Holiday Retail Sales Pace Likely to Be Slower, but Still Solid

holiday shoppers Shoppers pass a display of Christmas items for sale in a Costco warehouse in Thornton, Colo., in September. (David Zalubowski/AP)

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The retail holiday season is expected to be solid as economists and other experts say sales should increase between 6% and 8% over 2021’s record 14% increase from 2020. But consumers are likely to be more strategic in the items they buy, especially with inflation eating up some of their purchasing power.

The slower sales, especially when measured against 2021’s breakneck pace, actually may give the supply chain some relief. Stores and online merchants may be better stocked with popular items, even if they cost more than in 2021.

“While consumers are feeling the pressure of inflation and higher prices, and while there is continued stratification with consumer spending and behavior among households at different income levels, consumers remain resilient and continue to engage in commerce,” National Retail Federation President and CEO Matthew Shay said in a statement. “In the face of these challenges, many households will supplement spending with savings and credit to provide a cushion and result in a positive holiday season.”



The 6% to 8% year-over-year sales increase still is well above the 10-year average increase of 4.9%. NRF said that would amount to between $942.6 billion and $960.4 billion from late October through late December.

Online sales continue to increase at double-digit, year-over-year levels, with NRF forecasting online and other nonstore sales, to increase to between $262.8 billion and $267.6 billion compared with $238.9 billion last year (a 10% to 12% rise).

“The overall outlook is generally positive as consumer fundamentals continue to support economic activity. Despite record levels of inflation, rising interest rates and low levels of confidence, consumers have been steadfast in their spending and remain in the driver’s seat,” NRF Chief Economist Jack Kleinhenz said. “The holiday shopping season kicked off earlier this year — a growing trend in recent years —as shoppers are concerned about inflation and availability of products.”

NRF’s holiday forecast is in line with the organization’s full-year forecast for retail sales, which predicted growth between 6% and 8% to more than $4.86 trillion.

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Economists say the slower sales numbers, when measured against 2021, could help the transportation industry, which found itself stretched thin in 2021. That largely was due to COVID-19 shutdowns in China and an influx of tens of thousands of full containers backed up at the nation’s ports. At times, dozens of ships waited to be unloaded, especially at the Southern California ports of Los Angeles and Long Beach.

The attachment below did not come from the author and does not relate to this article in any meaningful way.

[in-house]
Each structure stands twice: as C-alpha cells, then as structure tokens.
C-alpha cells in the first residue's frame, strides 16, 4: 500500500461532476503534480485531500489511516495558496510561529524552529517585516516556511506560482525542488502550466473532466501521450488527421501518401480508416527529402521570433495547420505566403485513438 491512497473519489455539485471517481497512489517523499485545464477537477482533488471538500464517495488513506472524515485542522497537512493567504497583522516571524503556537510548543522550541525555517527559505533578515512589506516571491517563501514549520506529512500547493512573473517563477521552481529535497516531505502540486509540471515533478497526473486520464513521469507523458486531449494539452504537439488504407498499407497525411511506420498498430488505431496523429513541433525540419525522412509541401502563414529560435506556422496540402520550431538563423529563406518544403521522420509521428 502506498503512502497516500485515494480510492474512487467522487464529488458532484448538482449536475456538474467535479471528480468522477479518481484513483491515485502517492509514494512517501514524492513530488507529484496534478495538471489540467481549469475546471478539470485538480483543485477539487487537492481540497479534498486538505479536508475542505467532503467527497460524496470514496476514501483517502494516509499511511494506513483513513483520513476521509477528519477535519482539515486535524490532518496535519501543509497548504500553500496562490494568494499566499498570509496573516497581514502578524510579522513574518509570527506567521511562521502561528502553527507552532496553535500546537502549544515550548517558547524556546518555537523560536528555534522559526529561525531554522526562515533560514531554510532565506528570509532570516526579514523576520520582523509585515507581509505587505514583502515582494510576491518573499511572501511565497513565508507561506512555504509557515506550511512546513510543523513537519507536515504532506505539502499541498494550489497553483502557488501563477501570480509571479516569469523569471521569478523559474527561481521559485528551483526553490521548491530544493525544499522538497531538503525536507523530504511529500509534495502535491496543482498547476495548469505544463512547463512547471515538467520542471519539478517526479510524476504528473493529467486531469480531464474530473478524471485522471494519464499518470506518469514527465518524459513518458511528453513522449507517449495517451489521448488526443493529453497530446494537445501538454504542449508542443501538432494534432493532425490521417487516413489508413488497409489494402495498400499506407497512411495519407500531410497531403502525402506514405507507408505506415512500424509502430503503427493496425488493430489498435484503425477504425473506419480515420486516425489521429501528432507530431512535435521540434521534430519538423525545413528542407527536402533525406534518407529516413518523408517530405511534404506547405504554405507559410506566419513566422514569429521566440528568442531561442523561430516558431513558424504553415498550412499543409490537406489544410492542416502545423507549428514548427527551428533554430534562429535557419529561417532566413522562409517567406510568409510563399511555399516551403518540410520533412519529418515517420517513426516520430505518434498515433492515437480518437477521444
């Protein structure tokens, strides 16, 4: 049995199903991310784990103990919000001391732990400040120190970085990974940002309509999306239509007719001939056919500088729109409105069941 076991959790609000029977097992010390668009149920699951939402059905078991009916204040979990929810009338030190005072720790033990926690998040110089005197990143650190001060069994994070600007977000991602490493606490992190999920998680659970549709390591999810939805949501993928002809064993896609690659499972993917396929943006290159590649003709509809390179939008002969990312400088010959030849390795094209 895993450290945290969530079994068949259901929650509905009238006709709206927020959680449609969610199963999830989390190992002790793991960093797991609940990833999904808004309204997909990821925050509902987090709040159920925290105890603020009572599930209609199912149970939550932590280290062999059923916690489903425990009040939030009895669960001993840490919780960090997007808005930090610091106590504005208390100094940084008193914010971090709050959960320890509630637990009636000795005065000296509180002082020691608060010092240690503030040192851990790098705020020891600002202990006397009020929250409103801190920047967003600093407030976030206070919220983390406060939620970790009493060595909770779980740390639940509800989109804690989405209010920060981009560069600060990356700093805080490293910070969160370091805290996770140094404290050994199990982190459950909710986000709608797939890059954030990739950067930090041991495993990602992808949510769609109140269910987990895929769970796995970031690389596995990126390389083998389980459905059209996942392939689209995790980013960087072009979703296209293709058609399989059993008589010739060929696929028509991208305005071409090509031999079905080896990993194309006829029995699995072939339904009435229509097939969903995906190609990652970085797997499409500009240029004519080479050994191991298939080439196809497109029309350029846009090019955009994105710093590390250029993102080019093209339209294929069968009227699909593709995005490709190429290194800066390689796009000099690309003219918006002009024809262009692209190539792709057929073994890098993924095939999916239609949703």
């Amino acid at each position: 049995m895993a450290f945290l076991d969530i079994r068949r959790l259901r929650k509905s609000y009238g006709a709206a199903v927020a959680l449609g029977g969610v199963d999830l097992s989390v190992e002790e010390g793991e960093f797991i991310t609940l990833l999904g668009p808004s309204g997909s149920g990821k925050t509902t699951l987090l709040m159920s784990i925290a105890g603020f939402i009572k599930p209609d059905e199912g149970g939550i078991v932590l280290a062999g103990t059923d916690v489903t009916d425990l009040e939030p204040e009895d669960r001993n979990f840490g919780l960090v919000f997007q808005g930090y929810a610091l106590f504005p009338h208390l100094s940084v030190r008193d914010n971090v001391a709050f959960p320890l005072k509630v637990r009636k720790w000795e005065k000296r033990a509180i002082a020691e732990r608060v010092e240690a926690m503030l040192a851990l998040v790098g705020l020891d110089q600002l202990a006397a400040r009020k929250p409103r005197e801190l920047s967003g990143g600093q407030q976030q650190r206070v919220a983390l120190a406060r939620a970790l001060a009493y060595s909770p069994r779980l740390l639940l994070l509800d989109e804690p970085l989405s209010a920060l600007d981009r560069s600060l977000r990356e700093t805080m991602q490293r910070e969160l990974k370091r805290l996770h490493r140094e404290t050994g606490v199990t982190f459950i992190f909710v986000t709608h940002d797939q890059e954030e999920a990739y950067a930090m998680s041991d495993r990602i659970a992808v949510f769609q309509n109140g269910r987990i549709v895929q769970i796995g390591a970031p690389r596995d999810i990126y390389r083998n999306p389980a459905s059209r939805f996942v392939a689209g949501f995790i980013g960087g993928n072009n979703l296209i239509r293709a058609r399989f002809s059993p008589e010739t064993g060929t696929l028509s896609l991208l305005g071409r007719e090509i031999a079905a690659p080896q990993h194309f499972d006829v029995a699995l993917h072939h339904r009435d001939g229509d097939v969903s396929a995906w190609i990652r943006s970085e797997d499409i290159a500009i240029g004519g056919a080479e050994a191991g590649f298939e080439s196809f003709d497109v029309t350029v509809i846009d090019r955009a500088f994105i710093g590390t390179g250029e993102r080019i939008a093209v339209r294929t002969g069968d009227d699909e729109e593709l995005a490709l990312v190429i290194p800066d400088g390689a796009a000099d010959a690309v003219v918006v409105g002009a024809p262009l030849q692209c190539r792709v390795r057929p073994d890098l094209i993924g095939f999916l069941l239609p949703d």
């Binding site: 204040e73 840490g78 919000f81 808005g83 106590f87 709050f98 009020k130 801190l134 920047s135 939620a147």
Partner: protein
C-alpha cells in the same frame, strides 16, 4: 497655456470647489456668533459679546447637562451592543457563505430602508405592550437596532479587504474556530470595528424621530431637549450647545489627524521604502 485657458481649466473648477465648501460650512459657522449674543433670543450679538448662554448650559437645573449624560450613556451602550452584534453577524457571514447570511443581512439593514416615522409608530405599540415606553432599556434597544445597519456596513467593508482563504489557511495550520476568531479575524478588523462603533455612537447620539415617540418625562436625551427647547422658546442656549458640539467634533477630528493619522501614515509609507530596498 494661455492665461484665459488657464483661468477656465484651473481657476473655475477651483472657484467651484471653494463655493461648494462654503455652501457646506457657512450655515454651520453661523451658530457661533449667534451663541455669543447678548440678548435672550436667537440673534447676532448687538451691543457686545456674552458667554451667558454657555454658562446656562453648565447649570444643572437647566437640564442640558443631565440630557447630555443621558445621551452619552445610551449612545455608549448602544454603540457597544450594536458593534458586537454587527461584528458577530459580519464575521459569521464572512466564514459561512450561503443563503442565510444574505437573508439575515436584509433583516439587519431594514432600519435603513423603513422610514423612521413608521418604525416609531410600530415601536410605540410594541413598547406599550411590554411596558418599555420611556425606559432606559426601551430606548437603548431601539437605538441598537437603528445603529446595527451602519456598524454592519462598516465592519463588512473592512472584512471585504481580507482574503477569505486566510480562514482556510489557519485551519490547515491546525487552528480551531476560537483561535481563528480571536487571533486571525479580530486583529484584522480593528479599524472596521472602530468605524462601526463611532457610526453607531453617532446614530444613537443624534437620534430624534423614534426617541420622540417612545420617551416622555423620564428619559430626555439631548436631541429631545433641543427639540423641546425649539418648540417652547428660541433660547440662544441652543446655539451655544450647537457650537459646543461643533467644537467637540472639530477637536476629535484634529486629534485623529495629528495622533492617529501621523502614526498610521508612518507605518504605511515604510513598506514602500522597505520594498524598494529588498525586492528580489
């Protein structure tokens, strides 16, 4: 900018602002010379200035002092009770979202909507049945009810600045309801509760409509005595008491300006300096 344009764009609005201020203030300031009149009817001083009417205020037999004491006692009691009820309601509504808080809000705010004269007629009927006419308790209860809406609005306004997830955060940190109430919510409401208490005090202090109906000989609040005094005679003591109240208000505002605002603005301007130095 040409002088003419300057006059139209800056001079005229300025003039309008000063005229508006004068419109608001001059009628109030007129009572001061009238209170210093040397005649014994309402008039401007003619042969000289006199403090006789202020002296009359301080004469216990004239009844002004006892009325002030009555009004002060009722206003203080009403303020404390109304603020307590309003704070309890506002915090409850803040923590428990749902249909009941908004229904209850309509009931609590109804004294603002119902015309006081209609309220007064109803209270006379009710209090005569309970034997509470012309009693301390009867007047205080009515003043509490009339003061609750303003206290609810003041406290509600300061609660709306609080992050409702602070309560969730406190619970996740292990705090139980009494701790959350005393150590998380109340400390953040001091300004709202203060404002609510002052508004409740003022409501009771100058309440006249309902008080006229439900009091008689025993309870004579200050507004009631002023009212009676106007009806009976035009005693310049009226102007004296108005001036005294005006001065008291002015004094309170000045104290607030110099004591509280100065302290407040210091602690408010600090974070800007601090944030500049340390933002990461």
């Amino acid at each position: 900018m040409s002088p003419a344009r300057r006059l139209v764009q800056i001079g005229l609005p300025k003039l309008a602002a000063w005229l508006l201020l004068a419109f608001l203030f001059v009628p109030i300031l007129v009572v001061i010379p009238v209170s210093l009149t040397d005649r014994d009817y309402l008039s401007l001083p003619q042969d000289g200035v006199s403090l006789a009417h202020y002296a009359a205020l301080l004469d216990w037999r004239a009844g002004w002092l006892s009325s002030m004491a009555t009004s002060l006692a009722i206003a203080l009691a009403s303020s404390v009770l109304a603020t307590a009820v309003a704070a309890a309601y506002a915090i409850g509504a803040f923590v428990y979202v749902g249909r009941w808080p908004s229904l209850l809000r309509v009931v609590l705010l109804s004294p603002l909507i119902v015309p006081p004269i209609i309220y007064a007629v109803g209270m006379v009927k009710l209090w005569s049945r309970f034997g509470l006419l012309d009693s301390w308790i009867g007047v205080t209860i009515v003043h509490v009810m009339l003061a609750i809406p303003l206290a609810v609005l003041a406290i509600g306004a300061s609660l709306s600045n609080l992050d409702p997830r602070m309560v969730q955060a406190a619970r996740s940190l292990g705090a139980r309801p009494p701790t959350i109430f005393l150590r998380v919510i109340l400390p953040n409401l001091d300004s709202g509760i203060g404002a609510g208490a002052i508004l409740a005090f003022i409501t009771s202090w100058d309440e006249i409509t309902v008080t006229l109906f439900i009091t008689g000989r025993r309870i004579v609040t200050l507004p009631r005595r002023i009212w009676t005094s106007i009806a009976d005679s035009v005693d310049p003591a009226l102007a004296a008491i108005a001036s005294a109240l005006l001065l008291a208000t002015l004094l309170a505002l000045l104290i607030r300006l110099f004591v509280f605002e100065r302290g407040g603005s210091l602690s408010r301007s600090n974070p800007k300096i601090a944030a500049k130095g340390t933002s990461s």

“The traffic at the ports has really gone down in September. If you look at the ports off the coast at the ports of Long Beach and Los Angeles, it was more than 80 to 100 a year ago. Now it’s down to five to 10,” Rajeev Dhawan, director of the Economic Forecasting Center at Georgia State University, told Transport Topics. “We bought what we needed during the COVID-19 pandemic, and there’s not a lot of money left over for what I call mindless shopping. This season they will be very choosy.”

Dhawan said that slower volume levels will work to the advantage of transportation businesses, including the Class I railroads and trucking companies.

“The freight looks fine, but it’s not going to be as crazy as last year,” Dhawan said. “There are still some challenges. Trucking companies are still getting hammered by the high diesel prices, but if you were having a really severe shortage of drivers, it may not be as severe as it was a year ago.”

To that point, American Trucking Associations Chief Economist Bob Costello recently said that the shortage has eased somewhat and that the industry is short an estimated 78,000 drivers compared with 81,000 a year ago.

Meanwhile, diesel prices continue to climb and there are concerns that in some parts of the country, especially the Northeast, diesel and home heating oil could be in short supply, especially if winter is unusually cold.

The national average price of diesel nudged up 1.6 cents to $5.333 a gallon, according to Energy Information Administration data released Nov. 7.

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The average price of diesel has increased in four of the past five weeks. The cost of a gallon had risen 50.5 cents over three consecutive weeks before a 2.4-cent drop Oct. 31.

In the Northeast, it is estimated that 20% of homes are heated with home heating oil.

Since 2002, when NRF first began its annual forecast, holiday sales have more than doubled. Consumers in 2002 spent $416 billion on sales. Now that figure is approaching $1 trillion. During that 20-year period, there has been only one time when sales declined year-over-year — during the recession in 2008, when the numbers were down 4.7%.

 

 

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